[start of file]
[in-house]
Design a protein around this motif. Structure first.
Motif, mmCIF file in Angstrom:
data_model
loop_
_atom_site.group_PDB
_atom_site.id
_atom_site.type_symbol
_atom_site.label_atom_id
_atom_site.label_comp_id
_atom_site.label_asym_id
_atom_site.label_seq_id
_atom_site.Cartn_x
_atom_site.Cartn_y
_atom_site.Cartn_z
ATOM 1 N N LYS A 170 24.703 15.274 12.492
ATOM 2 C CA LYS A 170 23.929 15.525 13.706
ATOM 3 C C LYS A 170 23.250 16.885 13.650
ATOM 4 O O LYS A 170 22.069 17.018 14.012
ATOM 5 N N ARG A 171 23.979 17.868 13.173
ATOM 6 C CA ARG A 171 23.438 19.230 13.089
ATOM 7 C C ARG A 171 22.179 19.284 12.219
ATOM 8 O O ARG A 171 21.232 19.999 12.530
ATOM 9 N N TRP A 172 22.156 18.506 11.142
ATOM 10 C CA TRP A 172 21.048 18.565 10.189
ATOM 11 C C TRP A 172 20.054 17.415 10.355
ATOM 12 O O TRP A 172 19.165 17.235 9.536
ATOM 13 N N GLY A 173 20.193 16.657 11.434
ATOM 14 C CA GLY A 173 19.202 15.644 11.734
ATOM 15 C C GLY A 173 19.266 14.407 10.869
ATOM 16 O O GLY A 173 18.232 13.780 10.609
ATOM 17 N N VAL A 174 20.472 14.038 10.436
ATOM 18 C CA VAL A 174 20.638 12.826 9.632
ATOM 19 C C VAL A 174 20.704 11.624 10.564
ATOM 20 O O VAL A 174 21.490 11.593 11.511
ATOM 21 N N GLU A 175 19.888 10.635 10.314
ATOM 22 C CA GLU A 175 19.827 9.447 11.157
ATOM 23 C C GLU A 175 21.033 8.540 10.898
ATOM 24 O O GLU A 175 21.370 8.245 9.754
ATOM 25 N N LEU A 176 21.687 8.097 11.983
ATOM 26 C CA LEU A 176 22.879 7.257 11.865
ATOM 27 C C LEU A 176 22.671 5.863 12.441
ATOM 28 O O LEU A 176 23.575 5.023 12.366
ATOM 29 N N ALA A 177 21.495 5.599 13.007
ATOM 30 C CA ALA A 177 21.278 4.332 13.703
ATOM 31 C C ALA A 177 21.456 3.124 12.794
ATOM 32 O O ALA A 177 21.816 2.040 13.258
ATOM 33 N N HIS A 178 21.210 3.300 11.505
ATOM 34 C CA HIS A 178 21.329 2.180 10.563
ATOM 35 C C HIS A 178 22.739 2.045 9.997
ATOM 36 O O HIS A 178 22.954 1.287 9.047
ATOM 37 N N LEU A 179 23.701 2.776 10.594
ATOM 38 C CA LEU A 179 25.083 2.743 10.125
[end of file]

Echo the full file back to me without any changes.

[in-house]
Design a protein around this motif. Structure first.
Motif, mmCIF file in Angstrom:
data_model
loop_
_atom_site.group_PDB
_atom_site.id
_atom_site.type_symbol
_atom_site.label_atom_id
_atom_site.label_comp_id
_atom_site.label_asym_id
_atom_site.label_seq_id
_atom_site.Cartn_x
_atom_site.Cartn_y
_atom_site.Cartn_z
ATOM 1 N N LYS A 170 24.703 15.274 12.492
ATOM 2 C CA LYS A 170 23.929 15.525 13.706
ATOM 3 C C LYS A 170 23.250 16.885 13.650
ATOM 4 O O LYS A 170 22.069 17.018 14.012
ATOM 5 N N ARG A 171 23.979 17.868 13.173
ATOM 6 C CA ARG A 171 23.438 19.230 13.089
ATOM 7 C C ARG A 171 22.179 19.284 12.219
ATOM 8 O O ARG A 171 21.232 19.999 12.530
ATOM 9 N N TRP A 172 22.156 18.506 11.142
ATOM 10 C CA TRP A 172 21.048 18.565 10.189
ATOM 11 C C TRP A 172 20.054 17.415 10.355
ATOM 12 O O TRP A 172 19.165 17.235 9.536
ATOM 13 N N GLY A 173 20.193 16.657 11.434
ATOM 14 C CA GLY A 173 19.202 15.644 11.734
ATOM 15 C C GLY A 173 19.266 14.407 10.869
ATOM 16 O O GLY A 173 18.232 13.780 10.609
ATOM 17 N N VAL A 174 20.472 14.038 10.436
ATOM 18 C CA VAL A 174 20.638 12.826 9.632
ATOM 19 C C VAL A 174 20.704 11.624 10.564
ATOM 20 O O VAL A 174 21.490 11.593 11.511
ATOM 21 N N GLU A 175 19.888 10.635 10.314
ATOM 22 C CA GLU A 175 19.827 9.447 11.157
ATOM 23 C C GLU A 175 21.033 8.540 10.898
ATOM 24 O O GLU A 175 21.370 8.245 9.754
ATOM 25 N N LEU A 176 21.687 8.097 11.983
ATOM 26 C CA LEU A 176 22.879 7.257 11.865
ATOM 27 C C LEU A 176 22.671 5.863 12.441
ATOM 28 O O LEU A 176 23.575 5.023 12.366
ATOM 29 N N ALA A 177 21.495 5.599 13.007
ATOM 30 C CA ALA A 177 21.278 4.332 13.703
ATOM 31 C C ALA A 177 21.456 3.124 12.794
ATOM 32 O O ALA A 177 21.816 2.040 13.258
ATOM 33 N N HIS A 178 21.210 3.300 11.505
ATOM 34 C CA HIS A 178 21.329 2.180 10.563
ATOM 35 C C HIS A 178 22.739 2.045 9.997
ATOM 36 O O HIS A 178 22.954 1.287 9.047
ATOM 37 N N LEU A 179 23.701 2.776 10.594
ATOM 38 C CA LEU A 179 25.083 2.743 10.125